The Global view
The division between genders within science persists in all countries.
The data from the UN Educational, Scientific and Cultural Organization's Women in Science is quite clear. It shows that less than 30% of the world's researchers are women, making up only 19% in south and west Asia, 23% in east Asia and the Pacific, 30% in sub-Saharan Africa, 32% in North America and western Europe, and 45% in Latin America.
Although the number of female researchers has increased globally, women have fewer academic publications on average than male researchers and are less likely to collaborate internationally.
Also, in Europe and North America, there is a higher possibility for men to graduate from natural sciences, mathematics, and information and communication technologies, and to work in those fields, than women.
What is happening in Europe?
Equality between women and men is considered as a core value of the European Union, cherished in the European Treaties. The current European framework (Strategic Engagement for Gender Equality 2016-2019) fosters women’s economic independence and participation in the labour market aiming to close gender pay and pension gaps. Despite the existence of regulations, policies and initiatives to bridge the persisting gaps, gender inequalities endure in most EU Member States. The European Commission reported that gender inequality is a function of systemic factors unrelated to ability, including bias, organisational constraints, organisational culture, and differential effects of work and family demands.
According to Eurostat, in Europe, out of 18 million scientists and engineers, almost 60% are men and 40% are women.
By analysing the data from the She Figures 2018, we can also gather interesting insights on Europe.
In some countries, women doctoral graduates numbered more than or equal to men particularly in the field of mathematics and manufacturing, but large imbalances between genders stand out in those sectors when it comes to the employment. Overall, in most of countries, the number of employed female scientists and engineers is disproportionally low.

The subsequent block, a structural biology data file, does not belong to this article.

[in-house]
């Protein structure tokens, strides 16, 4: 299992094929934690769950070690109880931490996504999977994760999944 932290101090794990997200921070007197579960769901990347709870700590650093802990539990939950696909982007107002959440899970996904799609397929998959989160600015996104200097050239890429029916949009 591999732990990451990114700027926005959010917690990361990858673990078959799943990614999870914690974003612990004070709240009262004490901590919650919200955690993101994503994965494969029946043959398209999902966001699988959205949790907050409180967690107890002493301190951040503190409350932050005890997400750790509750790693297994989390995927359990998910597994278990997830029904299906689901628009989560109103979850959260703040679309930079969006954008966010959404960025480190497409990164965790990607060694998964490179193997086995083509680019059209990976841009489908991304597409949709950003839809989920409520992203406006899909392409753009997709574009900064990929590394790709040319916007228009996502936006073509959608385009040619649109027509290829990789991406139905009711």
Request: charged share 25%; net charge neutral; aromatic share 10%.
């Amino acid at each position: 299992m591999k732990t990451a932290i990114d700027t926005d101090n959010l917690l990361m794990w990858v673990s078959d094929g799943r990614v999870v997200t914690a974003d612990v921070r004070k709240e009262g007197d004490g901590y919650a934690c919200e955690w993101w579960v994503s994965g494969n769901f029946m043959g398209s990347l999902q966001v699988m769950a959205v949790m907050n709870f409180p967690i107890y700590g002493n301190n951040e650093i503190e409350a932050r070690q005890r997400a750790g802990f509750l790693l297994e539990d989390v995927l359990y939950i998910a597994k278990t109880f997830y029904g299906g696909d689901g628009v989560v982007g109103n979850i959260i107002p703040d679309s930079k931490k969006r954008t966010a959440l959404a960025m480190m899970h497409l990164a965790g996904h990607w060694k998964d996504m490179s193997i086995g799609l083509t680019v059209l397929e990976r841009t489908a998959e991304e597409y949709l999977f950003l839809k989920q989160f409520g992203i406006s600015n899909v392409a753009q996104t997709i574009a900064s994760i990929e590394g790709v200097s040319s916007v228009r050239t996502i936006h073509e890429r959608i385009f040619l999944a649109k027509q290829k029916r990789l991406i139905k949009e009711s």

Exceptions are certain EU countries where the majority of employed engineers and scientists are women: Lithuania (61%) and Bulgaria (57%).
How can we achieve gender equality in the STEM sector?
The demand for STEM (science, technology, engineering, manufacturing) professionals is expected to grow around 8% by 2025 and employment in STEM-related positions about 6.5%. The under-representation of women in STEM translates into the huge loss of talent, thoughts and ideas, as half of the population is not included, which will undoubtedly hider country’s development potential.
In light of this, here are some thoughts on what we can do to tackle inequality:
1. We need to break the stereotypes in education
A study among primary school students showed that boys strongly considered that STEM subjects are more suitable for boys than for girls. Highlighting stereotypical gender roles, also, another study illustrated that first-year university students expressed negative stereotypical beliefs of women's engineering and mathematical abilities. According to the study, those beliefs were more endorsed among male students.
Girls and young women need to actively engage in computer-science-related activities right from a young age to provide them with the personal encouragement they need to trust their abilities. These efforts will affect their career choices later in life and provide them the necessary confidence to feel as they are able to pursue a career in STEM.
2. We need to improve the workplace culture and conditions
It has been proven that some of the main reasons behind women leaving STEM jobs include: hostile working environments, lack of career advancement and recognition, the assignment of boring tasks and, finally, pay gaps.
Promoting diversity and constantly improving the workplace conditions, is a systematic effort in which all professionals need to become part of the solution: evaluators, HR recruiters, managers and C-suite members.